How many times do your successful Search Engine Optimization campaign efforts get set back because of web development mistakes?
I have seen plenty and am still amazed that these mistakes keep happening up to the current moment in time.
Here are some of the challenges outside of our control that we face in the search engine optimization industry:
- Making on site page changes without consultation
- Making a full site migration without consultatio
- Making a full site migration without consultation and going into a weekend or over a holiday
- Launching a new site re-build without notification
- Launching a new site re-build without notification and going in to a weekend or holiday
- Launching a new site re-build and leaving the Googlebot disallow instruction in the robots.txt file
- Updating a site without consultation and removing critical search engine optimization elements
- Adding new pages without proper search engine optimization review before posting
- Removing pages without using proper redirects
- Not testing CTA’s and/or Form functionality
- Not building for mobile
- Improper use of href lang tags
Making on site page changes without consultation
Change for change’s sake is not a good practice for proper search engine optimization. I am known to say, “it’s all pretty on page fitty”.
I fail to understand how those working in the internet industry do not understand that the existing code is already on file (in the search engine index). When you change that code, it forces a re-evaluation and re-indexing, sometimes for the good, most times for the bad.
You are paying for search engine optimization consultation, why destroy the effort with bad decision making and not utilizing your paid consultation services?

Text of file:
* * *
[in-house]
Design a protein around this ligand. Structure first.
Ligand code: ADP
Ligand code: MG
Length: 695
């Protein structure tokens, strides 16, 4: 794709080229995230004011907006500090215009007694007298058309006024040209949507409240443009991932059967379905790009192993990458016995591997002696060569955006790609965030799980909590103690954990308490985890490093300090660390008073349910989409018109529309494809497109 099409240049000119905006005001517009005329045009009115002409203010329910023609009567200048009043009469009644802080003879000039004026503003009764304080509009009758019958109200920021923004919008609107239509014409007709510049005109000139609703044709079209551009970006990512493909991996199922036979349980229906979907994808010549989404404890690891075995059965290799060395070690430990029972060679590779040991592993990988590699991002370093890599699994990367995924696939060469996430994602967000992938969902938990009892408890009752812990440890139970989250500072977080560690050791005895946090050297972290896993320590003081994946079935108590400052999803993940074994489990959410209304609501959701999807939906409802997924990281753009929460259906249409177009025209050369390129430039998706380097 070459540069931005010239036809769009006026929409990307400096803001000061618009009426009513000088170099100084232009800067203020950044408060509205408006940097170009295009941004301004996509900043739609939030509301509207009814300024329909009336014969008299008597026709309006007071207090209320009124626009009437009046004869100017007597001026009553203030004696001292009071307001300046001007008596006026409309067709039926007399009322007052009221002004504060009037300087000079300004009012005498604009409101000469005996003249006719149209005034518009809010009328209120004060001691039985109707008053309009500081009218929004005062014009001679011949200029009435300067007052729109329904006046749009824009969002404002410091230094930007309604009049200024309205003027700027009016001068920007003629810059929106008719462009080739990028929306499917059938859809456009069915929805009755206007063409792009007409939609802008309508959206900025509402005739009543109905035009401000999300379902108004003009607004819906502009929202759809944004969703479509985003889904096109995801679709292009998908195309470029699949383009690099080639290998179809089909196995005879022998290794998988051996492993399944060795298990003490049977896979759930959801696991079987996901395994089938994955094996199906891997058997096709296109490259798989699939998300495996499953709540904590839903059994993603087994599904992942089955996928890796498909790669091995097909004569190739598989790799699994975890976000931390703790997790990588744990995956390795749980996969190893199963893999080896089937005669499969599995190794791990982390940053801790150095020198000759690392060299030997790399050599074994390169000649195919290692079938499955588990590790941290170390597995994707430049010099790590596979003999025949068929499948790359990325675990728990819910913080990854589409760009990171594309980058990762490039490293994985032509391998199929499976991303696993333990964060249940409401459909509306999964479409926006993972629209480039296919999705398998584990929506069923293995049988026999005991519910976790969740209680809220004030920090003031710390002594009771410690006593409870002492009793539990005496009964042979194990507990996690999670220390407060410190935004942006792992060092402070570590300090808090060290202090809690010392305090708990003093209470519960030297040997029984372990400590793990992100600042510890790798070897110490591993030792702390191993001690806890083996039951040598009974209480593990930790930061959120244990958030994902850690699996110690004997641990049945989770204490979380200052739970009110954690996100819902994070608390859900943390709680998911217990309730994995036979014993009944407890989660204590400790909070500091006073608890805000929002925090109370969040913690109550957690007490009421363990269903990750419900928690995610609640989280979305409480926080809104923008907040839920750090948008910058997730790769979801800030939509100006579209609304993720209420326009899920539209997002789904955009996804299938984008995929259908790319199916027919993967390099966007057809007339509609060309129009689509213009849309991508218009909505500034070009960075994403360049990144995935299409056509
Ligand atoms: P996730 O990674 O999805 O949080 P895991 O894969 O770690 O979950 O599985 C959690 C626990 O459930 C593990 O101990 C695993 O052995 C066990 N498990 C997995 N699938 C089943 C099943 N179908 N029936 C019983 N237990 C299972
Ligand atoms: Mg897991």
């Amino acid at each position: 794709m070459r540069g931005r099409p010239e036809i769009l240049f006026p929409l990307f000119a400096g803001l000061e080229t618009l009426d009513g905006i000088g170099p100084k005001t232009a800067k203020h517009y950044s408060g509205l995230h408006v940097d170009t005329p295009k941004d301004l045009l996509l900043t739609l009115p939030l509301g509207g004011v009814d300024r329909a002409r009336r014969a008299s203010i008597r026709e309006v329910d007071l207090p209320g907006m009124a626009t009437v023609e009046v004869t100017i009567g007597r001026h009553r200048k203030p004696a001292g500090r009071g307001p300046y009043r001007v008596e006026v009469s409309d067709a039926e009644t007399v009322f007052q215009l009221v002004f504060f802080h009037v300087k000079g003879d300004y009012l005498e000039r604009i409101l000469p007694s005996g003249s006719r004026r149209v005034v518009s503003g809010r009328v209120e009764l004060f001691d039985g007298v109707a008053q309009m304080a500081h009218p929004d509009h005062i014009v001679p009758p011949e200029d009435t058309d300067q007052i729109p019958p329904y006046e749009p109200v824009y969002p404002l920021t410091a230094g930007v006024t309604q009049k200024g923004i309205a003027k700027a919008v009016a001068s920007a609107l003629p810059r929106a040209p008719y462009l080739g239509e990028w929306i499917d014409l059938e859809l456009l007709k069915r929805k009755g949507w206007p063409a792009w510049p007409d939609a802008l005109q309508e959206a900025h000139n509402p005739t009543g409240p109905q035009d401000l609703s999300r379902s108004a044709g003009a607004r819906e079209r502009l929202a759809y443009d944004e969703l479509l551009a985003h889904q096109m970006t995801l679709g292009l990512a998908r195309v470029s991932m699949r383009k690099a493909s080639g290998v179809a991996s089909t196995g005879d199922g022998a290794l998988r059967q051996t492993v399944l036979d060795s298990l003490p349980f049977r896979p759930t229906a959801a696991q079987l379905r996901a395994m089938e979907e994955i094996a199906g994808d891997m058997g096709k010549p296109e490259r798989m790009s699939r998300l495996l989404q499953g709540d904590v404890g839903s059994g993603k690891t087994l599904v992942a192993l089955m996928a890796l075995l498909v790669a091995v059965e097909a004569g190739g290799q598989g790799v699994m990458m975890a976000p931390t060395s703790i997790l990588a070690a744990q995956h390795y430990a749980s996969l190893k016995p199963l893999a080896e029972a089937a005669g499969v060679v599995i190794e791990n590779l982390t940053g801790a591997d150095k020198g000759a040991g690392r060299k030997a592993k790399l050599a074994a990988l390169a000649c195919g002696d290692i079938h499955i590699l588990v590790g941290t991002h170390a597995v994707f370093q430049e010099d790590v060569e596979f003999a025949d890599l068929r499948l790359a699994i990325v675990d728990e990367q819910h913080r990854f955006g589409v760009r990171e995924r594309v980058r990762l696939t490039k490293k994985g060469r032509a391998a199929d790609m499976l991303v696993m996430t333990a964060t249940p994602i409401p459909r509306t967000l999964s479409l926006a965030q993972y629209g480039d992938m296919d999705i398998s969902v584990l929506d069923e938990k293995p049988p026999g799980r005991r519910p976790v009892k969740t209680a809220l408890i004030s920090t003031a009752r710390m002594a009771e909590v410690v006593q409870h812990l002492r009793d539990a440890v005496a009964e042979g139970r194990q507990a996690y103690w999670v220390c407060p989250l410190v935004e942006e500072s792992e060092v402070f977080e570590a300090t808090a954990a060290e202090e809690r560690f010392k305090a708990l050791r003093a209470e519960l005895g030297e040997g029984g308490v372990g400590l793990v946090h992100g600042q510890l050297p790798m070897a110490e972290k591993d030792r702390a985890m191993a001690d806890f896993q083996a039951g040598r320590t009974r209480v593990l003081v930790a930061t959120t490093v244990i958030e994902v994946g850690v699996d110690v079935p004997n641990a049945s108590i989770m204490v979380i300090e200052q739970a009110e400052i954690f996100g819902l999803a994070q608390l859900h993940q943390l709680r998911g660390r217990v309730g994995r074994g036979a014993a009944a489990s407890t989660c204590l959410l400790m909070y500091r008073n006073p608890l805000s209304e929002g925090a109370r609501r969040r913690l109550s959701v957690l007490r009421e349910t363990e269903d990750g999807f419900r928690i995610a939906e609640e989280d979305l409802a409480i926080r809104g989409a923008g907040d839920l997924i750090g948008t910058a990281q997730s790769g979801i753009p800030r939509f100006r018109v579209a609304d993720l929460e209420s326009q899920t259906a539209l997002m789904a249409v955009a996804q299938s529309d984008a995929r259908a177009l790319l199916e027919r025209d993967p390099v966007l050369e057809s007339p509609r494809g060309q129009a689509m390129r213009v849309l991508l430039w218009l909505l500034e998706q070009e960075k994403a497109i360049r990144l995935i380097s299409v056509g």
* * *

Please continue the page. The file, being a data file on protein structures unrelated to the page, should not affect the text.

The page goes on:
The result is usually thrown back in the search engine consultant’s face. “Why are my rankings dropping?” “Why is my visitor traffic declining?” The simple answer, “Your web developer or somebody has changed the code that has been indexed by adding a new chunk of code, thus forcing the re-index process which Google evidently doesn’t like. You did this without consulting. From this point on we will be working to correct this error. This is why you have us. Thank you.”
Making full site migration without consultation
We’ve seen this all too often. Migration without consultation or at the least notification. Again, migration causes the code in the index to change. The results are usually negative unless you have consulted with your search engine optimization consultant and mitigated any possible negative impact that may result from the migration.
Making full site migration without consultation and going into a weekend or over a holiday
This one really gets me. Performing a full site migration and walking away over a weekend only to log in after returning to work and seeing months and/or years of work erased; all because there were no eyeballs on the site during the weekend or over the holiday.
Launching a new site re-build without notification
How many times have we seen this? Too many. You have worked for week’s and/or months to provide proper search engine optimization recommendations. Maybe you are still making recommendations.
You log in to the client’s site to continue to review for search engine optimization recommendations and discover that the client has pushed the button to go live and not allowed for proper review of the recommendations.
Soon after their keyword rankings fall along with visitor traffic and conversions / sales.
Of course, the search engine optimization consultant is to blame, when the blame lays elsewhere.
Launching a new site re-build without notification and going in to a weekend or holiday
This one is just poor, sloppy web development
Launching a new site re-build and leaving the Googlebot disallow instruction in the robots.txt file
Well, this is a real boo-boo. This results in an immediate negative reaction to your existing rankings. De-indexing the site is never a good idea. I am always conflicted to how this can be missed. Thankfully, it is a quick fix to remove the block, but it can have a long term negative impact to your site’s ranking results.
After a new launch this is always a 1st step go to check.
Updating a site without consultation and removing critical search engine optimization elements
This one always causes some sort of grief.
Your web developer notifies you that the site needs some critical updates. Never mind the fact that there is some custom coding that is required to enhance your search engine optimization efforts. You know, things like being able to have page titles and h1 tags different. Or, being able to create urls different than the default page title urls. Or, that annoying, appending your page title with the site name. Little things like that.